Consider the Dove Campaign for Real Beauty – one of the projects that set Wolff off at the conference in December. Billed as a "global effort that is intended to serve as a starting point for societal change and act as a catalyst for widening the definition and discussion of beauty," the campaign involves some truly brilliant short films that deconstruct the myth of beauty in advertising and features women with "real curves" in its print ads. In this case the message is right on – it's time to end the propagation of unrealistic ideals. But the intention – to somehow bolster women's self-esteem while selling them firming lotion – is the problem. This is advertising in the guise of activism. Cue the cynical laugh.
In 2006, cities throughout the Netherlands hosted festivals to celebrate the Islamic holiday of Ramadan. It was an opportunity for two cultures to come together in the spirit of understanding. The design used to advertise the festivals features no celebrities and no product – it's just a universal symbol tweaked slightly so as to be more truly universal. It is simple, honest and powerful. It's what design that hopes to inspire a change in our thinking should be.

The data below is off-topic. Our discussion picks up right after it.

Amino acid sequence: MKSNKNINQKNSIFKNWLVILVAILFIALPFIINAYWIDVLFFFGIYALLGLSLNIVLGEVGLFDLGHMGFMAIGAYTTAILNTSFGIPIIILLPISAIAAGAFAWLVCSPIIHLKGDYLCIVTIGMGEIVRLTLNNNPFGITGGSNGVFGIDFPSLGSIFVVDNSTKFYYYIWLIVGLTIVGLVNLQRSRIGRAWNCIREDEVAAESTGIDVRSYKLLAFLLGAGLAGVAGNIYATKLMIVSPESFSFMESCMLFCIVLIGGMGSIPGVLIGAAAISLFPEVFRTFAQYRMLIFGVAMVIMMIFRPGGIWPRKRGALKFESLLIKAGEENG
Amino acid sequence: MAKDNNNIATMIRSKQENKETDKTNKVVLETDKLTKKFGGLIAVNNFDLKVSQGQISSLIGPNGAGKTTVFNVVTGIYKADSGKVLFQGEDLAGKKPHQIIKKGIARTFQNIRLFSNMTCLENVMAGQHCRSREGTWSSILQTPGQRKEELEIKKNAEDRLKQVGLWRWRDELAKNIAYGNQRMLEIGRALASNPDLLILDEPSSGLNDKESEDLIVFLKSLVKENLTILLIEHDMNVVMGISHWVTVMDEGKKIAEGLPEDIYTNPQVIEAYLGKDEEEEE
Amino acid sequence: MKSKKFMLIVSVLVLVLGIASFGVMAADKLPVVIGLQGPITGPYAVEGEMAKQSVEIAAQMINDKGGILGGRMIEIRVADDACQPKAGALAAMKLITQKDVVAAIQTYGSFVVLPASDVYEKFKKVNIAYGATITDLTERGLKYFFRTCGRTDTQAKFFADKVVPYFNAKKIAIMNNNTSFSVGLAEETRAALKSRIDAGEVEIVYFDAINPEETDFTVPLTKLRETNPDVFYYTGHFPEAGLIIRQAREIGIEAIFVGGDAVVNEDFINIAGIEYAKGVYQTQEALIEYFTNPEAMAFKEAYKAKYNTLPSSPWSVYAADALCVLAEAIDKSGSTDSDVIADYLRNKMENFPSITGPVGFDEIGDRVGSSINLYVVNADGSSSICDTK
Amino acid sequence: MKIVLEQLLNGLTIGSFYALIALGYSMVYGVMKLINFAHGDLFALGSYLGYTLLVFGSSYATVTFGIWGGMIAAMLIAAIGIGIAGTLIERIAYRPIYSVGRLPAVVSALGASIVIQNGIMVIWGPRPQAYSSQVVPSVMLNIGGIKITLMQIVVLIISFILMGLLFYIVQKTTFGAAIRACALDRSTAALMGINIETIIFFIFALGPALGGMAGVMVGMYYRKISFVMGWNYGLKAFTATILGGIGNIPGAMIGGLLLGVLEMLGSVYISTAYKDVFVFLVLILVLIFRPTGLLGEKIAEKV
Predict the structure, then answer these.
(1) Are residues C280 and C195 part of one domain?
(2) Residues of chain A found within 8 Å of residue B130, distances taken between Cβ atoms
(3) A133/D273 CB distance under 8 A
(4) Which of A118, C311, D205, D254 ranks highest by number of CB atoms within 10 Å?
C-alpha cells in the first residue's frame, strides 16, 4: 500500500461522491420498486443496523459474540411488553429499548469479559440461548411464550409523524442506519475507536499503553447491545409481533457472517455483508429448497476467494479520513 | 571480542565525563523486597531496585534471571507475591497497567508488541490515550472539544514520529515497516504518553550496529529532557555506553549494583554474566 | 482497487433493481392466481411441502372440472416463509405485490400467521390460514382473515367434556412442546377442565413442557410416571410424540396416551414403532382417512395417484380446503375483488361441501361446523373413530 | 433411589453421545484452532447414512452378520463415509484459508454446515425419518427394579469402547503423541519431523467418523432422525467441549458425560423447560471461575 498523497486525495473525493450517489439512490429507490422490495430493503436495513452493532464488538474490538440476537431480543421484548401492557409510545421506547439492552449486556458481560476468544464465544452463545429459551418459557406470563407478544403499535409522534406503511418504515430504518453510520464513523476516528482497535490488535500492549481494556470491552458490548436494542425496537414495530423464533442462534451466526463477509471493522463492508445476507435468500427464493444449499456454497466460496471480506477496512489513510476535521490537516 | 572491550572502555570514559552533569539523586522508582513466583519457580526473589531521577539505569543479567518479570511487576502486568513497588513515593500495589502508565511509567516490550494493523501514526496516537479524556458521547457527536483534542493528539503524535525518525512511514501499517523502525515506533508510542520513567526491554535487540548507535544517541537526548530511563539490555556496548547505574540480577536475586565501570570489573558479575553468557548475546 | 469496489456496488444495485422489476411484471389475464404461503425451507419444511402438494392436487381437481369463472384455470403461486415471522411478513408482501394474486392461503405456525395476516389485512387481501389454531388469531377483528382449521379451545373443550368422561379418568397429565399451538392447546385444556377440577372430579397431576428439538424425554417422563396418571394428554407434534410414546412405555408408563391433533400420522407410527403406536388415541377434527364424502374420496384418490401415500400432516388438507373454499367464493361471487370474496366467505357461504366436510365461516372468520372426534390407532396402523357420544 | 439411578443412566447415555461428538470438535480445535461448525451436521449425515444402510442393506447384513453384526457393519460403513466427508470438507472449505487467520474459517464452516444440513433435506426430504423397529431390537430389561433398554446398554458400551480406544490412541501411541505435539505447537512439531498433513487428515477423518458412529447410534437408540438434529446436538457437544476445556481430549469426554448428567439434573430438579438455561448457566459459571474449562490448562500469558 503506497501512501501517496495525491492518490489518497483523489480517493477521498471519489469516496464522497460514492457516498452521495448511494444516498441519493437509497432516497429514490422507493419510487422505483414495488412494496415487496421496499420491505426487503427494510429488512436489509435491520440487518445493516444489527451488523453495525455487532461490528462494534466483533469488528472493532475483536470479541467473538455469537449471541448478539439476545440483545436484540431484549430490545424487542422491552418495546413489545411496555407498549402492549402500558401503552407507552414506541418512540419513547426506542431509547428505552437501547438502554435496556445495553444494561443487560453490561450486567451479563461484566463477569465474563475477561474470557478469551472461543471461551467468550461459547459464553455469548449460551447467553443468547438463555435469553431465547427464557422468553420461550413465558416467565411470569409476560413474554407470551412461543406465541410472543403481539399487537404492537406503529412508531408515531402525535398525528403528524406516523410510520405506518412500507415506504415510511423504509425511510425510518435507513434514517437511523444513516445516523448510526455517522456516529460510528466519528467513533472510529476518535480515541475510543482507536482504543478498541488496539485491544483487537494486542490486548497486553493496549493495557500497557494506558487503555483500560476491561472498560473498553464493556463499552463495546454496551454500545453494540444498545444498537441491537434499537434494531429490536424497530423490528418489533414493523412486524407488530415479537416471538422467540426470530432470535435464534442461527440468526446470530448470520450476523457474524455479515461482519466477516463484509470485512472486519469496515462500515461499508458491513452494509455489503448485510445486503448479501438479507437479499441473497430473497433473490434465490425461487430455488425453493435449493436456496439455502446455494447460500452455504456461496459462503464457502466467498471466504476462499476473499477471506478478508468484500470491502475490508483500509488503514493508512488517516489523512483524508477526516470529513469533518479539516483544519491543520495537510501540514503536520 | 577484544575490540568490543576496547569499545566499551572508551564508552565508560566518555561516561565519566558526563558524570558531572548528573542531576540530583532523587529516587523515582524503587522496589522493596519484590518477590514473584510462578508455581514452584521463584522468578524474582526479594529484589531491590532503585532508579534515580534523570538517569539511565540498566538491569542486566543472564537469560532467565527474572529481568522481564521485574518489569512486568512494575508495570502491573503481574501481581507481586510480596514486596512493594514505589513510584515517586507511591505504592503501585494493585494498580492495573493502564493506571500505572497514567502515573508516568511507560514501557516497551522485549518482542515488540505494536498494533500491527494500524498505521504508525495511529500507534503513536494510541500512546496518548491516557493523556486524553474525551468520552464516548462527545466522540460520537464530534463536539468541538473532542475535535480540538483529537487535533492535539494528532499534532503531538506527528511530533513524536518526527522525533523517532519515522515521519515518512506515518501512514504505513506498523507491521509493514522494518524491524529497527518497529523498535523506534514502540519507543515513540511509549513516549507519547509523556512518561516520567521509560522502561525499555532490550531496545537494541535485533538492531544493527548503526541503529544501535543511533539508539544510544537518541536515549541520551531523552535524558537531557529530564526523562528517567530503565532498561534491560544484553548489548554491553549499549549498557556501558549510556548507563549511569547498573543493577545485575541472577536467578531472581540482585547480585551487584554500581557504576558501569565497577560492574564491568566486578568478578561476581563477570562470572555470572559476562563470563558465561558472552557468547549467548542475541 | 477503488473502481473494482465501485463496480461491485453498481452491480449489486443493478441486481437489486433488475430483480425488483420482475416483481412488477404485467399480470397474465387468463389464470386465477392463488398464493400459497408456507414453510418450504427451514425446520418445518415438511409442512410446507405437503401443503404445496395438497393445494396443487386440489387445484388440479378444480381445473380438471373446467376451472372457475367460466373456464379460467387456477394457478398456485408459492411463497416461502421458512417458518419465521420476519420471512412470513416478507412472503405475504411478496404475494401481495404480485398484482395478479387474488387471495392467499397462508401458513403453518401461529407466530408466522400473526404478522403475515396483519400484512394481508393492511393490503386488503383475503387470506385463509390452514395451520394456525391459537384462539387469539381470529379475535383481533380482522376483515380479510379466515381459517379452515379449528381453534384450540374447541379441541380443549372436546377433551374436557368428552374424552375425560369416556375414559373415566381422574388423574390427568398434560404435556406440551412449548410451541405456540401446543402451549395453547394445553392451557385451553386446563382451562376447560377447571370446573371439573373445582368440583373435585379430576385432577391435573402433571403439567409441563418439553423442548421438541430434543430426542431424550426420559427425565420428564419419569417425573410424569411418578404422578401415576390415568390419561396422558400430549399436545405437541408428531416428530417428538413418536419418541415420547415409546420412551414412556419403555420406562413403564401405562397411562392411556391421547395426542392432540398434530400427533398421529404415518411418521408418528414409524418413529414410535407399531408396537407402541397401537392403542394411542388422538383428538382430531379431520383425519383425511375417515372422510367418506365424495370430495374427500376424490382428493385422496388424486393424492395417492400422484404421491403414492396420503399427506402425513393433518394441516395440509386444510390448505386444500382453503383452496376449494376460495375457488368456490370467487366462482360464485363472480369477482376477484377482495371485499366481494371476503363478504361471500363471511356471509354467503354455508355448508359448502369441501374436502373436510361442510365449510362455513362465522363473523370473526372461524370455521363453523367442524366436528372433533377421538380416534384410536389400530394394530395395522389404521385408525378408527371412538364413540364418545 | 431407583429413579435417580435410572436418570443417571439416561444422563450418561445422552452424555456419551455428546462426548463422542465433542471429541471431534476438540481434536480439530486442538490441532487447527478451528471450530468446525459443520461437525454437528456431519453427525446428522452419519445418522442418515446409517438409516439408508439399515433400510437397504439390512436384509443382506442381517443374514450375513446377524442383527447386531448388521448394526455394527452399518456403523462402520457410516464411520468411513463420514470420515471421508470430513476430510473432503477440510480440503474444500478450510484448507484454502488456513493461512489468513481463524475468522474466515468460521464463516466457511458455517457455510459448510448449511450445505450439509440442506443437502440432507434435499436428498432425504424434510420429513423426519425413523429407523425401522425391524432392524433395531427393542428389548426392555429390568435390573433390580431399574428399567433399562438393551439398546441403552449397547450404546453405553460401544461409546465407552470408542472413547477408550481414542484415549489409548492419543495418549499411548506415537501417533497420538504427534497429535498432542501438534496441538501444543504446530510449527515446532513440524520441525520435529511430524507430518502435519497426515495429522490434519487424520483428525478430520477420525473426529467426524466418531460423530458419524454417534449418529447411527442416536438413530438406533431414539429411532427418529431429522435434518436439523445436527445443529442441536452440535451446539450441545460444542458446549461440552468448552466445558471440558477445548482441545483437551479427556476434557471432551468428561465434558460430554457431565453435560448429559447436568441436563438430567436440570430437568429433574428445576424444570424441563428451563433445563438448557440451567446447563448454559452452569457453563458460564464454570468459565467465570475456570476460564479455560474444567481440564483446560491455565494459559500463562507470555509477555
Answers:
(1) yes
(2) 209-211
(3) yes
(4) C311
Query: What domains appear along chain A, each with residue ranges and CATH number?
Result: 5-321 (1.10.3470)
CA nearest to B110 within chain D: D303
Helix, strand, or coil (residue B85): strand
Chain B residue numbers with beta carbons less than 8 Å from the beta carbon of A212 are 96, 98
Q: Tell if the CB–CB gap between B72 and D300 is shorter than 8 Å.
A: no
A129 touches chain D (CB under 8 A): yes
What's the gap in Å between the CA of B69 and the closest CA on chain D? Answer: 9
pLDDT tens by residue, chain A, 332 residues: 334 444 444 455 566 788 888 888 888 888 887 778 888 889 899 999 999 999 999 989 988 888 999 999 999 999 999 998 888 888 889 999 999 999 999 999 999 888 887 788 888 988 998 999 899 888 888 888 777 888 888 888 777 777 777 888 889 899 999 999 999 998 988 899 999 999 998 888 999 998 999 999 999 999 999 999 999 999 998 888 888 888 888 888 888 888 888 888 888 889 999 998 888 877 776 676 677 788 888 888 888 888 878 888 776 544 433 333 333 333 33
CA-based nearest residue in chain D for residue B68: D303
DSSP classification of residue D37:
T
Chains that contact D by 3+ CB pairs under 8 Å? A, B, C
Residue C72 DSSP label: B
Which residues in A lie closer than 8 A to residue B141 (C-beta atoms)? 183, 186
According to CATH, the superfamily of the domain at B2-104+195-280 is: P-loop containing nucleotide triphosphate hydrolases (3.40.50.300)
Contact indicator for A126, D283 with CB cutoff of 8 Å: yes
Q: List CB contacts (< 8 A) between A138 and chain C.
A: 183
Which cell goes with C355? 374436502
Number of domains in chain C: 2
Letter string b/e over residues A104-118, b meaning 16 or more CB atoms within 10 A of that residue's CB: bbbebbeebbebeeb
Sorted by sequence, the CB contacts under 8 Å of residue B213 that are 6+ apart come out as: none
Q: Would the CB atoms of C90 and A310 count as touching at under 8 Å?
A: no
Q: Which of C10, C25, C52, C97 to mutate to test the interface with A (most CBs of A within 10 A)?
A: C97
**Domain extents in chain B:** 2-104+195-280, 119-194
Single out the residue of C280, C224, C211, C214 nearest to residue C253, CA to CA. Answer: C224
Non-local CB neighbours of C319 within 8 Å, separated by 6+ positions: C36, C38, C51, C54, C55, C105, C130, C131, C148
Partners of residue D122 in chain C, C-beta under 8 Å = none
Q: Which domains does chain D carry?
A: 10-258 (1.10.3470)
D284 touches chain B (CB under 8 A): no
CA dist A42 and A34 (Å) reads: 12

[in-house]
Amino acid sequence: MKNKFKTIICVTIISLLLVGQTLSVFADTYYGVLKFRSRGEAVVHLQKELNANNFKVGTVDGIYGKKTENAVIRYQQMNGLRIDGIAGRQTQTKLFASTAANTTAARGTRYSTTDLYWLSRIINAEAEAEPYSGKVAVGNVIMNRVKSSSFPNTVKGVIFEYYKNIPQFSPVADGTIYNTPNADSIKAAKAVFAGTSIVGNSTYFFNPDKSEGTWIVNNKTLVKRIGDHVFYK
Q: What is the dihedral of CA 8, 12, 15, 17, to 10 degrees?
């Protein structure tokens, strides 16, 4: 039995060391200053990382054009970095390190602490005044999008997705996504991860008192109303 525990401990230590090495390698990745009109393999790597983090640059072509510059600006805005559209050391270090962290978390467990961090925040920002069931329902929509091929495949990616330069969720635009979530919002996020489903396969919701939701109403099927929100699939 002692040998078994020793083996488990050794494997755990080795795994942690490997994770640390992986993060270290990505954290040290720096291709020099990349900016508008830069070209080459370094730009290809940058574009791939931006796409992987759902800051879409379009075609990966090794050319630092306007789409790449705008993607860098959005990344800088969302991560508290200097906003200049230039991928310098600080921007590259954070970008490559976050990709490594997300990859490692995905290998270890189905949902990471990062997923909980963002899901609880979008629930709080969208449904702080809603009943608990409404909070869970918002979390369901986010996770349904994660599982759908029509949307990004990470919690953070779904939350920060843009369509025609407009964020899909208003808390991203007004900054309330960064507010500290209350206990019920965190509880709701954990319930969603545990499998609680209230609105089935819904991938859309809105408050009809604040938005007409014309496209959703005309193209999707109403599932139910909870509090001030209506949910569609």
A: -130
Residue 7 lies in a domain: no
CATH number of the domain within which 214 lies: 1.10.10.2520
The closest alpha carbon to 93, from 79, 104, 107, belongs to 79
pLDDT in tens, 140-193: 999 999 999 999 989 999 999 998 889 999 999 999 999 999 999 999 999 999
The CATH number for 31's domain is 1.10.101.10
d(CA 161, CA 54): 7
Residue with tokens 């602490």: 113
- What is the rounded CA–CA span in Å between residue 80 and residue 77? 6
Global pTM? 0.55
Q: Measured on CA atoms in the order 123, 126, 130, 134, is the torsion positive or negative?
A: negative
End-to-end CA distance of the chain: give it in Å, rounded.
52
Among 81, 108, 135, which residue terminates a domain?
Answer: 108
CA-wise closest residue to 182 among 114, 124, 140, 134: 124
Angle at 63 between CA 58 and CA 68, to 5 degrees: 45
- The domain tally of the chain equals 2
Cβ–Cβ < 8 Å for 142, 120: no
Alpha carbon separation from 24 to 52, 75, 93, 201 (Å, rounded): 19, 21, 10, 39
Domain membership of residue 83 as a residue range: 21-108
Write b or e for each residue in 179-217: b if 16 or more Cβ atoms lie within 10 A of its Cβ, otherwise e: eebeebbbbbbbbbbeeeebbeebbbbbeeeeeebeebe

If design is going to truly answer the call of First Things First, the language that has evolved out of its partnership with product has to be abandoned. Messages of crucial social importance can't be delivered in the same packages as Nike and Ford. We're too jaded to accept them. To truly develop new meaning, design will have to develop new methods. It will have to move away from the language of product toward the creation of a language of understanding and action.